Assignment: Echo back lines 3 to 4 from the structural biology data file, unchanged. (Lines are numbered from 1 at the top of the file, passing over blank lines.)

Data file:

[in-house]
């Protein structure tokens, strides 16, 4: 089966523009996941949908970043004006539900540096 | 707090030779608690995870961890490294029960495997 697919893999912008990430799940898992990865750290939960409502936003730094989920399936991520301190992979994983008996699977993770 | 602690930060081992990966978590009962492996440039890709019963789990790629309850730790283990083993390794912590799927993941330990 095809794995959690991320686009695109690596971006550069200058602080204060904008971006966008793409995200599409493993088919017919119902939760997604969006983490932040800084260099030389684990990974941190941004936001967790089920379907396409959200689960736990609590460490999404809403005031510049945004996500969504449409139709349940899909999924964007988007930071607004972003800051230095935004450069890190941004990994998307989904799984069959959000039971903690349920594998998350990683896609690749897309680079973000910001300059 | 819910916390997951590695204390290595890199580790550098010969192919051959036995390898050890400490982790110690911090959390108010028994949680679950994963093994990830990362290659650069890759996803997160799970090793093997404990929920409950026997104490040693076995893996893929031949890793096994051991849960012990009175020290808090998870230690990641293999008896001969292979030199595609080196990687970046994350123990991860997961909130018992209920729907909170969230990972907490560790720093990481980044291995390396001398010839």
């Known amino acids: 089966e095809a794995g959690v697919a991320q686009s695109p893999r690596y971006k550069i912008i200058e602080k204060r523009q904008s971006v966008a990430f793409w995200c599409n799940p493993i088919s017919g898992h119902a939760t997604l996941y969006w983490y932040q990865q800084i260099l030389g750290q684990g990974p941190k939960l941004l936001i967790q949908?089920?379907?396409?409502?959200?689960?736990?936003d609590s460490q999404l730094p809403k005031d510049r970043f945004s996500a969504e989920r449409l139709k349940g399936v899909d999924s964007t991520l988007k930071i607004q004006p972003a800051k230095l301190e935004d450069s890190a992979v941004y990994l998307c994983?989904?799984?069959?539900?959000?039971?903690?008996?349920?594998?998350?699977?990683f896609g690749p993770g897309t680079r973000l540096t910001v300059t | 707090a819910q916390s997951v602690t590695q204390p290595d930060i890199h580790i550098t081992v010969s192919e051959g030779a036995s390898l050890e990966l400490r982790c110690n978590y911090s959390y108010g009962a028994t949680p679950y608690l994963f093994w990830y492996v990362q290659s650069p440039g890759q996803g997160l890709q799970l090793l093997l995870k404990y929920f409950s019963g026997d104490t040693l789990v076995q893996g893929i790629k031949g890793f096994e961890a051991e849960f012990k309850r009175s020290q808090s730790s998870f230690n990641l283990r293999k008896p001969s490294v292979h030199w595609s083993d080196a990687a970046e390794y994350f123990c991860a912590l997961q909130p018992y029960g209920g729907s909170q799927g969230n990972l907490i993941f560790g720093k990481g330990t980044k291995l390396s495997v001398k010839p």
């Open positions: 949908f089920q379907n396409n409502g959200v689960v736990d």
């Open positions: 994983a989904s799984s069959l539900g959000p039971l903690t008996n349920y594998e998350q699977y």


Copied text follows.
């Known amino acids: 089966e095809a794995g959690v697919a991320q686009s695109p893999r690596y971006k550069i912008i200058e602080k204060r523009q904008s971006v966008a990430f793409w995200c599409n799940p493993i088919s017919g898992h119902a939760t997604l996941y969006w983490y932040q990865q800084i260099l030389g750290q684990g990974p941190k939960l941004l936001i967790q949908?089920?379907?396409?409502?959200?689960?736990?936003d609590s460490q999404l730094p809403k005031d510049r970043f945004s996500a969504e989920r449409l139709k349940g399936v899909d999924s964007t991520l988007k930071i607004q004006p972003a800051k230095l301190e935004d450069s890190a992979v941004y990994l998307c994983?989904?799984?069959?539900?959000?039971?903690?008996?349920?594998?998350?699977?990683f896609g690749p993770g897309t680079r973000l540096t910001v300059t | 707090a819910q916390s997951v602690t590695q204390p290595d930060i890199h580790i550098t081992v010969s192919e051959g030779a036995s390898l050890e990966l400490r982790c110690n978590y911090s959390y108010g009962a028994t949680p679950y608690l994963f093994w990830y492996v990362q290659s650069p440039g890759q996803g997160l890709q799970l090793l093997l995870k404990y929920f409950s019963g026997d104490t040693l789990v076995q893996g893929i790629k031949g890793f096994e961890a051991e849960f012990k309850r009175s020290q808090s730790s998870f230690n990641l283990r293999k008896p001969s490294v292979h030199w595609s083993d080196a990687a970046e390794y994350f123990c991860a912590l997961q909130p018992y029960g209920g729907s909170q799927g969230n990972l907490i993941f560790g720093k990481g330990t980044k291995l390396s495997v001398k010839p």
């Open positions: 949908f089920q379907n396409n409502g959200v689960v736990d």